On any given day in Dallas, you can saunter in to Gerald Peters Gallery on Fairmount Street and buy a small Picasso painting for $1.25 million, or pick up a sofa-sized David Bates at Dunn and Brown Contemporary for around $80,000. At the Dallas Center for Contemporary Art, you can see and acquire all manner of works by top Texas artists, and, at 500X, the city's leading cooperative art space, you can "discover" an emerging art star and make a shrewd investment--buy low now, sell high 10 years from now. This city boasts the encyclopedic collection of internationally acclaimed works at the Dallas Museum of Art, plus interesting work at smaller, specialized museums and art spaces. Yet, when tourists and art aficionados outside Dallas come looking for art, they're more likely to head west from the big airport in their quest. Fort Worth's Kimbell Art Museum, recently expanded Amon Carter Museum and new behemoth Modern Art Museum in the pedestrian-friendly Cultural District give Cowtown an artful advantage. Until Monday.
After Monday, Dallas should finally get its props on the national, if not international, art stage with the opening of the four-acre Nasher Sculpture Center downtown on Flora Street, just west of the Morton H. Meyerson Symphony Center and the Trammell and Margaret Crow Collection of Asian Art, and one crosswalk east of the DMA. Dallas' dreams of an accessible, spend-the-day arts destination within a distinct and well-known arts district will likely be realized with the opening of what is being touted as "the only museum in the world devoted to the exhibition, study and preservation of modern and contemporary sculpture." Even the barely art-literate will swoon over the roster of artists represented by 300 three-dimensional pieces that will rotate through the new museum building and adjacent grounds--Calder, de Kooning, Rodin, Matisse, Picasso, Serra, Segal, Miró, Giacommetti. And come Monday, there will be plenty of congratulatory backslapping to go around--nods to city planners, arts professionals, enthusiastic citizens and supportive local arts patrons. But Dallas' big dream might come true primarily as a result of the lifelong, dedicated passion of one man.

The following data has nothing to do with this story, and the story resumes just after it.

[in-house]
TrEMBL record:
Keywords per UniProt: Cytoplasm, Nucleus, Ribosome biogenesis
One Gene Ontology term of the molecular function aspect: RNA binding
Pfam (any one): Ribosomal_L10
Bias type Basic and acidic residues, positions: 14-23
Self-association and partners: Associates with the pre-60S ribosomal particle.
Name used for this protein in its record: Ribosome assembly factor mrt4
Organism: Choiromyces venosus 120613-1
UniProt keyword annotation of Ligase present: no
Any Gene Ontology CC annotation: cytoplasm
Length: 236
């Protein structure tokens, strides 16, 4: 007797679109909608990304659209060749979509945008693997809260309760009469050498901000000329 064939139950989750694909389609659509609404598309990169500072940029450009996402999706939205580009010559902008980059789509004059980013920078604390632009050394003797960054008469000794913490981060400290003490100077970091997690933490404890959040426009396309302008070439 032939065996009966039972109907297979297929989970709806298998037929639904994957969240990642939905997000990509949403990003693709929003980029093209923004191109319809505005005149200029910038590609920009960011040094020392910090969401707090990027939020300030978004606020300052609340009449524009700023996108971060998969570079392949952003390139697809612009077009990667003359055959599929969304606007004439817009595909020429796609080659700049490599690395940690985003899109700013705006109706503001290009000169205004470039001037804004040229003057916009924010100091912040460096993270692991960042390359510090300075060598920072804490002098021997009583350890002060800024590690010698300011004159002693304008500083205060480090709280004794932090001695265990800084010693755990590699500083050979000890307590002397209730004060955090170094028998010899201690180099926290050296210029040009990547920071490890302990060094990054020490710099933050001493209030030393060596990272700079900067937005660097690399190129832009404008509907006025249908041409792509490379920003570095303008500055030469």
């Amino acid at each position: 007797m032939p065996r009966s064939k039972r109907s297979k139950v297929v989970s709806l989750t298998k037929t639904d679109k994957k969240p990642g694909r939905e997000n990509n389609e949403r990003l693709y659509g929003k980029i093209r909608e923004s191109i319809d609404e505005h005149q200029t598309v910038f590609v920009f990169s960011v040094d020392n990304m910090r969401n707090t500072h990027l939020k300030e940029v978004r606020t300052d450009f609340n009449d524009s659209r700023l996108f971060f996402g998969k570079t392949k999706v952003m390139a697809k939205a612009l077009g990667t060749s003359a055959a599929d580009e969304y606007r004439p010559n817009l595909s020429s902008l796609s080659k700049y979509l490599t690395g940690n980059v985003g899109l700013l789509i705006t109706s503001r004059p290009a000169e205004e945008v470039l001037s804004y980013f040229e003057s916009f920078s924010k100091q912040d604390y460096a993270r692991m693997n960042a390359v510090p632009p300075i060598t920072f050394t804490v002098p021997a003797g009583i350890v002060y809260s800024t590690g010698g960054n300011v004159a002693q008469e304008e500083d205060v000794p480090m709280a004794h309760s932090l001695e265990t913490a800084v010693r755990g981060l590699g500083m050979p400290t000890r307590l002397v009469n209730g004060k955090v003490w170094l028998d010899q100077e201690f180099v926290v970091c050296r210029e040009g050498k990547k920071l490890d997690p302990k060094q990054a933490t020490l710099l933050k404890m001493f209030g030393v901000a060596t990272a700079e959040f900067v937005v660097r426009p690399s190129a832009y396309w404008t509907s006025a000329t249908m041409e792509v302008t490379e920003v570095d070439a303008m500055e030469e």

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Raymond Nasher and his late wife, Patsy, began collecting sculpture in the 1950s and over time acquired this private, museum-quality collection that has been shown occasionally in select museums around the world. Nasher made his fortune in real estate and spent a bunch of it buying art. It's easy to be cynical when take-no-prisoners tycoons start collecting art--to assume the motivation is strictly another investment strategy. But Nasher, at 81, who will be present at the ribbon-cutting and opening ceremonies at 10 a.m. Monday, has expressed great personal sentiment for the works he and his wife sought out and purchased and revealed a proud benevolence in creating a stellar public venue for sharing it. Nasher took a hands-on approach to the concept for the sculpture center and demonstrated perfectionist tendencies in selecting the architect for the building, Renzo Piano, and the landscape designer for the outdoor sculpture gardens, Peter Walker. He enlisted the Nasher Foundation's Elliot Cattarulla and the DMA's curator of European art, Dorothy Kosinski, for the project and hired Dr. Steven Nash to run the show. These and many others will be recognized in a free preview program and lecture onstage at the Meyerson at 2 p.m. Friday.